"Being too busy to worry about backup is like being too busy driving a car put on a seatbelt." - T.E. Ronneberg
The sad fact is that while most end users use their devices for both work and play, seldom do they consider the possibility that the device may crash or get hit with malware until just after it occurs — often rendering data corrupt or unrecoverable.
Let's review the feature set by taking a closer look at Acronis' latest offering.
Founded in 2003, Acronis has long held a stake in data protection solutions for Windows and Linux environments. And while they only recently entered the Apple software marketplace, they bring over a decade of consumer and corporate backup and disaster recovery experience with their first OS X entry, integrating cloud functionality as well.
From the onset, the UI is uncomplicated. There are only a few choices available, but they are laid out simply and easy to find.
Click on the Source button to identify the drive you wish to backup from, and click the Destination button to identify the drive you wish to backup to. Then click the Start Backup button (Figure A) to initiate a full-system backup. It really doesn't get much easier than that.
Select the Source, Destination, and click Start Backup.
A note about file formats when selecting backup/destination drives: Acronis supports HFS+ (Mac) and Fat32 and ExFat (Win). This is inherent to OS X, as it does not write to NTFS-formatted drives — it can only read from them natively.
There are few settings to manage. When to Back Up options include a Daily, Weekly, or Monthly backup schedule (Figure B). Multiple profiles can be created that perform backups to different destinations at varied times — including Acronis' own cloud service — while provides dual or triple backup fail-over protection.
You can select to schedule backups.
Acronis gets a tip-of-the-hat for including the option to encrypt backups via password protection. This is an often overlooked feature by most end users. However, it pays off in spades should sensitive personal information ever fall into the wrong hands.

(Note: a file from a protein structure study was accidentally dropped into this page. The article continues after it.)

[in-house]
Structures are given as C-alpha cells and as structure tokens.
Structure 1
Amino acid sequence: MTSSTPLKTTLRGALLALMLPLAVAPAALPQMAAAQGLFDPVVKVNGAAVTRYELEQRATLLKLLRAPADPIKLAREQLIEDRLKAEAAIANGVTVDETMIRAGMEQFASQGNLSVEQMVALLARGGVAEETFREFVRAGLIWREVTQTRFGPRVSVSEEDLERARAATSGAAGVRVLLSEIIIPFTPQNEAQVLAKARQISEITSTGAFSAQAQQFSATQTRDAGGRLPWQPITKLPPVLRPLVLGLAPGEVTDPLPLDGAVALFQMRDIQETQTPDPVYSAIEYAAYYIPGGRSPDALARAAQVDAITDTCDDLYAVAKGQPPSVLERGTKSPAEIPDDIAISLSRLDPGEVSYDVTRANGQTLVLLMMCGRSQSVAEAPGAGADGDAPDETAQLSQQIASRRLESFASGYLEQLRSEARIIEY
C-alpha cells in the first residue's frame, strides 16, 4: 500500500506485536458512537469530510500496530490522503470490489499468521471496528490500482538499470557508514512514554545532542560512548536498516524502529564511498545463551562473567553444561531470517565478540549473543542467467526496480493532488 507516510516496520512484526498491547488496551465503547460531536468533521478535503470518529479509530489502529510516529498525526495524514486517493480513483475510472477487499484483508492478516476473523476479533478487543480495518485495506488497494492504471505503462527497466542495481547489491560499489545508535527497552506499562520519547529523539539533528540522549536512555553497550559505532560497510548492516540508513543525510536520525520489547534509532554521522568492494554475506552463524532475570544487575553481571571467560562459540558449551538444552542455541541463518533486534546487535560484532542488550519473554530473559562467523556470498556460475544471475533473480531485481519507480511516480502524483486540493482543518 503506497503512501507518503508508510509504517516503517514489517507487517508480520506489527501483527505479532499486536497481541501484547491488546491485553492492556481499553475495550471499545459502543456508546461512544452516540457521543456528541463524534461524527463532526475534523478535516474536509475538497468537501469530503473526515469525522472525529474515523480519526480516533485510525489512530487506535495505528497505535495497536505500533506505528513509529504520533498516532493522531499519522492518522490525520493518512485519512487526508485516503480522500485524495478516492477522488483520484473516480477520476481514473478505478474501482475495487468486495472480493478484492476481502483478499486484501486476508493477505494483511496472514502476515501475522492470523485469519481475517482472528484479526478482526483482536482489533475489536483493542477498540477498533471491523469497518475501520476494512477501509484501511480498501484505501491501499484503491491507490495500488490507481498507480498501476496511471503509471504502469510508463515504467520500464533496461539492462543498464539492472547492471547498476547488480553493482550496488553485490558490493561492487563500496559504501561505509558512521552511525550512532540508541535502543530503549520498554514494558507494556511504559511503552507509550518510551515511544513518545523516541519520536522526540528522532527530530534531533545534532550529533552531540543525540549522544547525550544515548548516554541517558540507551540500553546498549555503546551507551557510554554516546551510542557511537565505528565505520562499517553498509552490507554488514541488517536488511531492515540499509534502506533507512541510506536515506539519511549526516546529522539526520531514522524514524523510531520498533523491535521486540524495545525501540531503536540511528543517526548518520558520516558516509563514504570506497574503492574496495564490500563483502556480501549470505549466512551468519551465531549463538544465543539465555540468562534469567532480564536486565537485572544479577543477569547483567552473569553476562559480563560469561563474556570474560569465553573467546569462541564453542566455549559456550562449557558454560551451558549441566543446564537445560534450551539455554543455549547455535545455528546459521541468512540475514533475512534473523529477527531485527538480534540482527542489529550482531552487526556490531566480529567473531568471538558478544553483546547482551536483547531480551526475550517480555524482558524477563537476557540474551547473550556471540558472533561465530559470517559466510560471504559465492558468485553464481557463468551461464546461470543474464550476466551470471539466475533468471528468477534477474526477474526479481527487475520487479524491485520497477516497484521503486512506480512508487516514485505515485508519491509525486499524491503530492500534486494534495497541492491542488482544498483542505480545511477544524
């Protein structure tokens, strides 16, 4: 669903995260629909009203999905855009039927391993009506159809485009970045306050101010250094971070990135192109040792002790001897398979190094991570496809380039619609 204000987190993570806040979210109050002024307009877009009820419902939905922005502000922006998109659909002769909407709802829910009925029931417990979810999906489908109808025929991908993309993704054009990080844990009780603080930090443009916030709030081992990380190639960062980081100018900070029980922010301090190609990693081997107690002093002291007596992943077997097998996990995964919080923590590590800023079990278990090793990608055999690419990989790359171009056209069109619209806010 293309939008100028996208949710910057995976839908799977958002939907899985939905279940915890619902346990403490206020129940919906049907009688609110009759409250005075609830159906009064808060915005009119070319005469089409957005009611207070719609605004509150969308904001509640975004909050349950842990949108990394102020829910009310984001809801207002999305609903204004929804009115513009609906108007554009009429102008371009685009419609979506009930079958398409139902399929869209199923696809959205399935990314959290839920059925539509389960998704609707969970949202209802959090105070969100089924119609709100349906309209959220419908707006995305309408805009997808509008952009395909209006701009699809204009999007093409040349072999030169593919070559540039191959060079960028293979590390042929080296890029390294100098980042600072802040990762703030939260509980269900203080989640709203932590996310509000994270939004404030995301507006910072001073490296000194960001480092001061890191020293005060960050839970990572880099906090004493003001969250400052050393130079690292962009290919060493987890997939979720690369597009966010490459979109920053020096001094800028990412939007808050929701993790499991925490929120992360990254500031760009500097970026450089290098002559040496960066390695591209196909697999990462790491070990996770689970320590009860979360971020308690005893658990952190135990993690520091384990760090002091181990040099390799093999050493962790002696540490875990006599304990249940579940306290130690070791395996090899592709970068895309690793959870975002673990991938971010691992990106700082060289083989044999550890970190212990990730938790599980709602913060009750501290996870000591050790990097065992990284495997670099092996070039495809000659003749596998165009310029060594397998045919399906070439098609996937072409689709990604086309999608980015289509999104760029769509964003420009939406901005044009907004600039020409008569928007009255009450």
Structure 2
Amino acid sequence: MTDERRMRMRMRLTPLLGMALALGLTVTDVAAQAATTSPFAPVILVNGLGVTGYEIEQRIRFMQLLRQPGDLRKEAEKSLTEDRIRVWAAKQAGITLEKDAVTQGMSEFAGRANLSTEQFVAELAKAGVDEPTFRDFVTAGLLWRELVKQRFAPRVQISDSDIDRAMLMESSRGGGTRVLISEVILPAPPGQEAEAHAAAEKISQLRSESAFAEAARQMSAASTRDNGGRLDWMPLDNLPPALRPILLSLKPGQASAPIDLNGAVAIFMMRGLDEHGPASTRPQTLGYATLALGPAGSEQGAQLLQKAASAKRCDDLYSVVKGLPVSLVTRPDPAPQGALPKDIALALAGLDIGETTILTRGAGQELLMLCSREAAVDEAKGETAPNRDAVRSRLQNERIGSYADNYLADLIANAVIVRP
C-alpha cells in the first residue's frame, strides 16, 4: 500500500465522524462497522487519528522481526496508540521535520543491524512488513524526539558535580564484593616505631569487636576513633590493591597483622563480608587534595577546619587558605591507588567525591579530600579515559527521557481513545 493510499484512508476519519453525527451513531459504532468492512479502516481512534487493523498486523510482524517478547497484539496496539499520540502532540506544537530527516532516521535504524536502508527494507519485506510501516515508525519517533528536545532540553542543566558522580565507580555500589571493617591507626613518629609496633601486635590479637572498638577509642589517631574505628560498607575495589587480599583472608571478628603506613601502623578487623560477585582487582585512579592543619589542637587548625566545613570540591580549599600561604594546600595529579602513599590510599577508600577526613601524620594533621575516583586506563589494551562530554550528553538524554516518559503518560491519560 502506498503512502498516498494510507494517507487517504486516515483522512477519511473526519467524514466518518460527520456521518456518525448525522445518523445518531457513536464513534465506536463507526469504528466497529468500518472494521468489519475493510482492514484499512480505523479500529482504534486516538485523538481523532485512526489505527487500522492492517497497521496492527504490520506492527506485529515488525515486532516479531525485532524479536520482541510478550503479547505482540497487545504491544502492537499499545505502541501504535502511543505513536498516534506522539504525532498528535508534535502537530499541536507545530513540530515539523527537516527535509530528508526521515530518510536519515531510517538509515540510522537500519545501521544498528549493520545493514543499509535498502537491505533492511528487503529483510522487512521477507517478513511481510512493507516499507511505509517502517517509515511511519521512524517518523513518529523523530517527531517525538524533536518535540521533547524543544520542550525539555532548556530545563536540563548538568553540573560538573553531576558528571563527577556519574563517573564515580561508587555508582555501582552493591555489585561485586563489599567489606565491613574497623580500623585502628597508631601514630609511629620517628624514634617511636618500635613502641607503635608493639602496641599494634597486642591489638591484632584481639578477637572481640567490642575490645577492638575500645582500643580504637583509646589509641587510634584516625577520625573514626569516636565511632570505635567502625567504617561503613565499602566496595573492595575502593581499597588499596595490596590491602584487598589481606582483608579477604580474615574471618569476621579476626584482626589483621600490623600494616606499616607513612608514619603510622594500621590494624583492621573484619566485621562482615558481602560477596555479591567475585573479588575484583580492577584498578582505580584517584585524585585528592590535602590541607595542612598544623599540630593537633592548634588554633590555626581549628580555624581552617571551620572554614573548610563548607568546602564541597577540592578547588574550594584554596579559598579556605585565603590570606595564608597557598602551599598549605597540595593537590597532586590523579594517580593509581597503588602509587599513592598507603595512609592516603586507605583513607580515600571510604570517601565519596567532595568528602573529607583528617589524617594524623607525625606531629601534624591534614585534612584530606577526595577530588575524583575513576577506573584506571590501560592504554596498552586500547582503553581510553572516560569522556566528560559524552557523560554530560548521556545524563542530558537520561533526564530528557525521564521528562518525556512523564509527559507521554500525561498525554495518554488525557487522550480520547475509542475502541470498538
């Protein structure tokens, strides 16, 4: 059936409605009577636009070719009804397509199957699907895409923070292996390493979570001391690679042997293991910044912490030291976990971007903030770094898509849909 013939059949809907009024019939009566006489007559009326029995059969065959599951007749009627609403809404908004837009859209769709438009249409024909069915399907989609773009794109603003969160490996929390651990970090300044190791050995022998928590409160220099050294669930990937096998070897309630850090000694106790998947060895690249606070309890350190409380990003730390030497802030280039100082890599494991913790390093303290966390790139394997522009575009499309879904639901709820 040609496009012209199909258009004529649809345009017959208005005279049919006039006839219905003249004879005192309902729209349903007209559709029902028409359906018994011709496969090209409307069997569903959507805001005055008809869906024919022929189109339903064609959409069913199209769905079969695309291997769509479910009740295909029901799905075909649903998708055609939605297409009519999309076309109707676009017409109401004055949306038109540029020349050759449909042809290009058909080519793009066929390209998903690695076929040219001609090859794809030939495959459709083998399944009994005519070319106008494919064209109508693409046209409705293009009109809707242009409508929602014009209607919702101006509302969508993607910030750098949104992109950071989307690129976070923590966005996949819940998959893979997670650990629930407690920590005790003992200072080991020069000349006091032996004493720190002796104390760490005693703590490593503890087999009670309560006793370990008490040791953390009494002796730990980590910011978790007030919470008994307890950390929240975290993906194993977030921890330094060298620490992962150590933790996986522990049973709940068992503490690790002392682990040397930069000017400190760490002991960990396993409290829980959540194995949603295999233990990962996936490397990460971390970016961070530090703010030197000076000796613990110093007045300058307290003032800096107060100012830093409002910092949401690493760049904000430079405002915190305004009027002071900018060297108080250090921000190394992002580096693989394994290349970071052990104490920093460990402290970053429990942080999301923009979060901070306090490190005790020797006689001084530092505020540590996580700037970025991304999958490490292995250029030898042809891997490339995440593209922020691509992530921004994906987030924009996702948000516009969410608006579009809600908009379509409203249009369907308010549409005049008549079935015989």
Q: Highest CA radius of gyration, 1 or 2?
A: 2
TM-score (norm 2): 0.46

Backups run in the background and do not interfere with the workstation while in use. Acronis uses the .TIB file extension as a proprietary format to store backups. This means the backed-up data can only be read through Acronis' application, not directly from the Finder (or 3rd-party file browser). In the event of a total system failure, the backup archive will be not accessible until True Image is installed on another computer (Figure C), adding another hurdle to retrieving individual files or performing a full backup restore.
Last backup successfully completed.
Included with True Image is the ability to create bootable rescue media. This creates a recovery partition on an external drive so that you can boot into a recovery environment to restore your system to a previously healthy state using a full-system backup.
With that said, external USB and Thunderbolt drives are supported, as are NAS or network shares using the AFP/SMB protocols built in to Windows, Apple, and Linux servers by default. Cloud backup is an optional service, providing up to 1 TB of online storage for a yearly fee.
Unfortunately, there are a few major caveats to True Image that affect users of newer and older Macs alike. Namely, only OS X 10.8 and 10.9 are currently supported. This is a shame, since there are many users with perfectly working Macs using Lion (10.7) or Snow Leopard (10.6) that are unable to upgrade to a newer OS due to hardware requirements or personal preference.
In addition to that, Boot Camp users or newer Macs with Fusion Drives will not be able to utilize True Image, as those features are not supported. Sadly, neither are drives encrypted with File Vault 2. However, those using Parallels for VM needs will be able to backup VMs in their current state.
Acronis has translated True Image over to OS X in a competent, very easy-to-use application aimed at the consumer. Although it's marred by a proprietary file format and a few major unsupported Apple features, at $49.99 (USD), the most important features are done right. The $79.99 3-license version is suited well for the SOHO user that needs a set-it-and-forget-it backup solution for several computers with multiple backup redundancies, cloud access, and a simple UI, making it a good recommendation.
Acronis True Image for Mac has created a solid foundation with which to expand upon. By fixing compatibility issues pertaining to File Vault 2, Boot Camp, and Fusion Drive respectively, Acronis would be well on their way to a great product. If it included the option to backup files as stored in their directories — instead of using a proprietary format — that would certainly add to the app's flexibility and ultimately push True Image into the highly recommended category.
Does your organization use True Image for Mac? If not, what backup solution do you use? Share your experience in the discussion thread below.
Jesus Vigo is a Network Administrator by day and owner of Mac|Jesus, LLC, specializing in Mac and Windows integration and providing solutions to small- and medium-size businesses. He brings 19 years of experience and multiple certifications from several vendors, including Apple and CompTIA.